What does an employment contract cost? This is a question many business owners and employees ask when faced with an employment related legal project. Let’s explore this question and also review some general information about employment contracts.
How Much Does an Employment Contract Cost?
Employment contracts widely used legal documents. They formally establish a legally binding relationship between an employer and an employee, giving rights and obligations to both parties. Most employers use them to clearly outline the terms of employment so expectations are clearly set.
Getting help from a lawyer with an employment contract is highly encouraged since the employment practice area can have many disputes. Employment contract costs can vary widely depending on what the client needs done.
Based on ContractsCounsel’s marketplace data, the average cost of a project involving an employment contract is $464.57 . However, employment contract cost depends on many variables, which includes the service requested, position of the employee, seniority of the employee, terms of the contract, and other factors.
What’s Typically Included in an Employment Contract
- Wages or Salary. This term outlines the compensation package being offered to the employee.
- Role & Responsibility of Employee. This term outlines the services the employee will be providing to the employer in exchange for compensation.
- Schedule. This term outlines the days and hours the employee will be working.
- Employment Duration. This term outlines the length of employment, which can be months, years, or indefinite.
- Confidentiality. This term may require the employee to keep information about the employer confidential. Employers can also make employees sign a separate confidentiality agreement .
- Description of Benefits. This term will outline any benefits the employer will provide for the employee, which can things like health insurance, 401ks, etc.
- Noncompete Agreement. Many employers require employees to sign contracts with noncompete clauses , which limits their ability to work for competitors should they choose to leave.
Types of Employment Contracts
Employment contracts are their own type of contract and are typically put in place with full-time employees. However, there are many different types of contracts and legal documents that fall into the Employment practice area. Below is a list of popular employment-related documents.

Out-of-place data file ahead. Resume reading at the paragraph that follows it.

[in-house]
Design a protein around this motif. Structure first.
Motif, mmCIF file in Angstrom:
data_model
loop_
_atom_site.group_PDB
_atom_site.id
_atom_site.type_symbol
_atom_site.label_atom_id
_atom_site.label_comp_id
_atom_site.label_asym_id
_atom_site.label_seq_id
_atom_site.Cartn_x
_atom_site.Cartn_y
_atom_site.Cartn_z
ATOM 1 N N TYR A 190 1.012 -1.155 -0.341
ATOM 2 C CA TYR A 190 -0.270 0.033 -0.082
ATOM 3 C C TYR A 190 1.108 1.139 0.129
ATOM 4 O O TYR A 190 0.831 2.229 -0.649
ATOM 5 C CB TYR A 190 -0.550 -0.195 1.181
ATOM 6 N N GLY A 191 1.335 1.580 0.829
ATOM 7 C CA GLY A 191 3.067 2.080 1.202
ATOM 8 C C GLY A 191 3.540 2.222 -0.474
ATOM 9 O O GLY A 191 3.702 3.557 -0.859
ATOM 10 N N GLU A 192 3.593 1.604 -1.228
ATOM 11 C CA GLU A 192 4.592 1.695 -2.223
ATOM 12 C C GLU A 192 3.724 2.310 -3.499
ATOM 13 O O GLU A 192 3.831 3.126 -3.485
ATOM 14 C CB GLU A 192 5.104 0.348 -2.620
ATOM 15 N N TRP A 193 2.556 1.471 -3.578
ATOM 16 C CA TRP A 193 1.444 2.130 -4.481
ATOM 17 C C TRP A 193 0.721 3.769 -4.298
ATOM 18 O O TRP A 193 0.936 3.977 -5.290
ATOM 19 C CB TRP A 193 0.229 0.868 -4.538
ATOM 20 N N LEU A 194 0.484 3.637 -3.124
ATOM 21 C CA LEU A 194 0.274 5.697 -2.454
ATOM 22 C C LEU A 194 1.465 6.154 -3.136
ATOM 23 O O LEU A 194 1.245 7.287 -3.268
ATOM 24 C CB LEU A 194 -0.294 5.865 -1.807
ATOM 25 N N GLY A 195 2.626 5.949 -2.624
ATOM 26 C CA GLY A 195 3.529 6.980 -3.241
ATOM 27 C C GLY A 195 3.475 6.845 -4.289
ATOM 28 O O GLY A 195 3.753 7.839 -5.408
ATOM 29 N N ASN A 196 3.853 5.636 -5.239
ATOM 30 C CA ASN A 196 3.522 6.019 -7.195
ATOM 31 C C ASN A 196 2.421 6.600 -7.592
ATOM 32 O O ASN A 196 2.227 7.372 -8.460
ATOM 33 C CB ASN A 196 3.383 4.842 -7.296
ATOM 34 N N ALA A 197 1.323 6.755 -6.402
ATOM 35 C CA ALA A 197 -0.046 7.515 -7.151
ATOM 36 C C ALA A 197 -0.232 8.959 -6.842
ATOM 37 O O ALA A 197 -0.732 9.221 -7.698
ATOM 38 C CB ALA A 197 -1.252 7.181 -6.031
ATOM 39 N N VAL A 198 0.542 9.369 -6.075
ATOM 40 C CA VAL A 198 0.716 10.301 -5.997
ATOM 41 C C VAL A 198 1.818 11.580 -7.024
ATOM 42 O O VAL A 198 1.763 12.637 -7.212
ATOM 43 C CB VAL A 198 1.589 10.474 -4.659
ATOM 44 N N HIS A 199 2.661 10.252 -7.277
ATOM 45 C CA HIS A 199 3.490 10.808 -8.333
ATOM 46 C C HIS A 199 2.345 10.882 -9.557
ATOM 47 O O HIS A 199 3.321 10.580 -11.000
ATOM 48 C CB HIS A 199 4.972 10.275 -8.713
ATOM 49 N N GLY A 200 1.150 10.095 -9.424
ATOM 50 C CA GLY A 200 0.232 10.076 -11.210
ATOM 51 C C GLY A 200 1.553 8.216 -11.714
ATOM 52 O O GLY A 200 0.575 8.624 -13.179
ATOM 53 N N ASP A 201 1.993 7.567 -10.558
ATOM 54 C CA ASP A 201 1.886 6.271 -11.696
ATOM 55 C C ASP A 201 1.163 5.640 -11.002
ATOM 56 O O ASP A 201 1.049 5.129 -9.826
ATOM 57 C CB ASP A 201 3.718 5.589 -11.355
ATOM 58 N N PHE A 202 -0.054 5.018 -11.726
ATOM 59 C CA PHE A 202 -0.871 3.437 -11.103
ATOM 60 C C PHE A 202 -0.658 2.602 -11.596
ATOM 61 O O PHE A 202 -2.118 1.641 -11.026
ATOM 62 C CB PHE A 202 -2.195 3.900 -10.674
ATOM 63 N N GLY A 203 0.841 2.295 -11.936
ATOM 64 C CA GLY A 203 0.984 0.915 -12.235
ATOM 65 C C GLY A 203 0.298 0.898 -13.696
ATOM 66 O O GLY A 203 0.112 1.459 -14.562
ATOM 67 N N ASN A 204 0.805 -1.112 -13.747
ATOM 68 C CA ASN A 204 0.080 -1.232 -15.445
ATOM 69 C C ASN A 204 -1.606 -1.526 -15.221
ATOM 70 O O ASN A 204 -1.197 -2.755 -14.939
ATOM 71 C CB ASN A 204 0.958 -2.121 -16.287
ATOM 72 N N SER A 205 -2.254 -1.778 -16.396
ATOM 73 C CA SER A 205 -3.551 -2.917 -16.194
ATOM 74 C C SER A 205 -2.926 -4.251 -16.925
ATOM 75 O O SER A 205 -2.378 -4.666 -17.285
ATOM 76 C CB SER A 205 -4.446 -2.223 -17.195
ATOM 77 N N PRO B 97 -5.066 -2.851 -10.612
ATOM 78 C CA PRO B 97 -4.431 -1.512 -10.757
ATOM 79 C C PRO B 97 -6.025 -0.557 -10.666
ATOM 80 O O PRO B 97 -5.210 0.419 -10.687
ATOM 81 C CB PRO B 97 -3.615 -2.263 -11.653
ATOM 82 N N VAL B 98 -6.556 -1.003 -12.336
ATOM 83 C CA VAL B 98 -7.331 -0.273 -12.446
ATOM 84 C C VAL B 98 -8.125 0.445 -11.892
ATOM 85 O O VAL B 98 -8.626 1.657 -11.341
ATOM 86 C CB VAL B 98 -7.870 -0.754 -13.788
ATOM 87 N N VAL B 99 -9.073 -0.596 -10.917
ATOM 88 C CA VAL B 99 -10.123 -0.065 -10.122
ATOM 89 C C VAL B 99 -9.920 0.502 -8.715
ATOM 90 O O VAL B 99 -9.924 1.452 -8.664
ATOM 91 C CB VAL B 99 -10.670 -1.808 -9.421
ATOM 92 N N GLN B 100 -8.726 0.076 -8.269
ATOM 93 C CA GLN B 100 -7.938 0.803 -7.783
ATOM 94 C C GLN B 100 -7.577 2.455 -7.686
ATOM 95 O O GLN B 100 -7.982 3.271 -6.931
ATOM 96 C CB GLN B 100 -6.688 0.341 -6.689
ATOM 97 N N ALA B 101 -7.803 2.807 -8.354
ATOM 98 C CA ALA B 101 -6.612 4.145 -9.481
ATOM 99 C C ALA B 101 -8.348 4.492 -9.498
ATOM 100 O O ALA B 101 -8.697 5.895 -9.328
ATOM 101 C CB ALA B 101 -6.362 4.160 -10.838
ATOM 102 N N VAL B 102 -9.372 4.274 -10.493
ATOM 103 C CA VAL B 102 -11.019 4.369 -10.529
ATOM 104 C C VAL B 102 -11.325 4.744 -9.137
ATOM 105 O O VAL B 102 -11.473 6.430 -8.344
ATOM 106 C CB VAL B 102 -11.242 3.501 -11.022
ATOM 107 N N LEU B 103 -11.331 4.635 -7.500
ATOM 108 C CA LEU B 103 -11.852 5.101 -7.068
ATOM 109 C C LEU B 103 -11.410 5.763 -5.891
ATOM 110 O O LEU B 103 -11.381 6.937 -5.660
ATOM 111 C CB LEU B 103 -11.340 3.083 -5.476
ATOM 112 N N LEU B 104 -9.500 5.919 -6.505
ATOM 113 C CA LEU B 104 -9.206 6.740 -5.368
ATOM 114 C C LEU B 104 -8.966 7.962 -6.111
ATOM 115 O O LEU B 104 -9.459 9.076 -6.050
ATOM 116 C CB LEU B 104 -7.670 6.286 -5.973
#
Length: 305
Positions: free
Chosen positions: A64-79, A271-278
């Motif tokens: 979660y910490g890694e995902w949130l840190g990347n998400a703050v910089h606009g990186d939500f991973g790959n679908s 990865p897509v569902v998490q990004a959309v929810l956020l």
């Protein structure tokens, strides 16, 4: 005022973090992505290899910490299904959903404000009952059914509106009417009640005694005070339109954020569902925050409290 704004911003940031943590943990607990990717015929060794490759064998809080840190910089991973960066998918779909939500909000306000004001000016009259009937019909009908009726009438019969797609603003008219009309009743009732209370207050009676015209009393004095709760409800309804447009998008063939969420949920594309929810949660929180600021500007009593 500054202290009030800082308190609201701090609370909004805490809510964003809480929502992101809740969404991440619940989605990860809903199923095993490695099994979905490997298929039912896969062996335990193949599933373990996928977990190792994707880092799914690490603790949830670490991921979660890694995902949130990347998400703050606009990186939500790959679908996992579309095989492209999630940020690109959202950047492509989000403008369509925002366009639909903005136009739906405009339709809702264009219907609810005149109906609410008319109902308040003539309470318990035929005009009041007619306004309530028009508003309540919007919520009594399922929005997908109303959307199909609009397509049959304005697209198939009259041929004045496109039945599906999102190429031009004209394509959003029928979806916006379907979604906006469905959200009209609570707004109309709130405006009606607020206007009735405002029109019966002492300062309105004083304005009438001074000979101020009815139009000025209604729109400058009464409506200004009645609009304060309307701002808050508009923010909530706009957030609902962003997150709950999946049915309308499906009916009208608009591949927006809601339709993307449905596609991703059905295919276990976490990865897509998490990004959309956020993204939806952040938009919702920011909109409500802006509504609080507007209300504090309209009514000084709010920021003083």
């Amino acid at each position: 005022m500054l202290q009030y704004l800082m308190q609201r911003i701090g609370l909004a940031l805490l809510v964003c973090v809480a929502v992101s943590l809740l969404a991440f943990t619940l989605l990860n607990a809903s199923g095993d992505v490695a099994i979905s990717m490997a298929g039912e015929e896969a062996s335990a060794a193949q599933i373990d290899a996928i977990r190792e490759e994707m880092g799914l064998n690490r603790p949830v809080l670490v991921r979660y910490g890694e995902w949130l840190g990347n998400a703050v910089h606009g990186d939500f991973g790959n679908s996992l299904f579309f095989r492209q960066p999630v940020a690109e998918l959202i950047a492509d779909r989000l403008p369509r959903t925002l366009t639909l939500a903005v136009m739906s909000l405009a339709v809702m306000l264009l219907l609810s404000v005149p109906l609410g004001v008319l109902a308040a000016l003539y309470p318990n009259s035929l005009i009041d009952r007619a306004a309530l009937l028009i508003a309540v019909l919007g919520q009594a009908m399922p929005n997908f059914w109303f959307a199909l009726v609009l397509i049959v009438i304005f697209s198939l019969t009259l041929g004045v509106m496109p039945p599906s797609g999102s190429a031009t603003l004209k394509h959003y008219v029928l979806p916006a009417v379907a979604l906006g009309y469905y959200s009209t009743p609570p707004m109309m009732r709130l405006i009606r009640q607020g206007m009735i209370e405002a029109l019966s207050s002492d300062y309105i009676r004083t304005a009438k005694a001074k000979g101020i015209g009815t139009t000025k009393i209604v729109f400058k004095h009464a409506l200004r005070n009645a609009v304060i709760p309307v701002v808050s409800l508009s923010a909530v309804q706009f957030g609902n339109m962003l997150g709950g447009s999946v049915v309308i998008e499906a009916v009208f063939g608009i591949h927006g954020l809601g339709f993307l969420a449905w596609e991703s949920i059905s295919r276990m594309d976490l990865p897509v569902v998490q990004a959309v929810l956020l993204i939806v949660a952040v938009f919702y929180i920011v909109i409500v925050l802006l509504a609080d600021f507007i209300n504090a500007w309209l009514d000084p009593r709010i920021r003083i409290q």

- Employment Contract. An employment contract is a legal document put in place between an employer and employee outlining the terms of their relationship.
- Consulting Agreement. Consulting agreements are used between a company and a consultant that is providing services.
- Independent Contractor Agreement. Independent contractor agreements are legal documents used between a business and a contractor, that provides services on a contract basis.
- Noncompete Agreement. Noncompete agreements are legal documents that limit an employee’s ability to work for a competitor if they leave the employer.
- Severance Agreement. Severance agreements are legal documents put in place with employees that are let go, which typically outline severance pay the employer will be providing after their termination.
Examples of Employment Contract Projects
Employment Contract Drafting Service
Many businesses will hire employment lawyers to draft or create employment contracts to be used between the business and employees. It is rare for an employee to need this service, since employers are typically responsible for providing the employment contract.
Employment contract drafting typically involves a consultation with the business to learn about the terms they want included in the legal document, then implementing those terms into a contract template to make sure it includes everything the business requires. Employment contract costs can vary based on how many custom terms need to be included in the document.
Reasons you may need to find a lawyer to draft an employment contract include:
- Offer Accepted by Future Employee. A business may have negotiated the terms of employment with a potential employee and need to create a formal legal document to be signed.
- Want a General Template. A business may expect to hire employees in the future and want to create a general template they can use for any future hires.
Employment Contract Review Service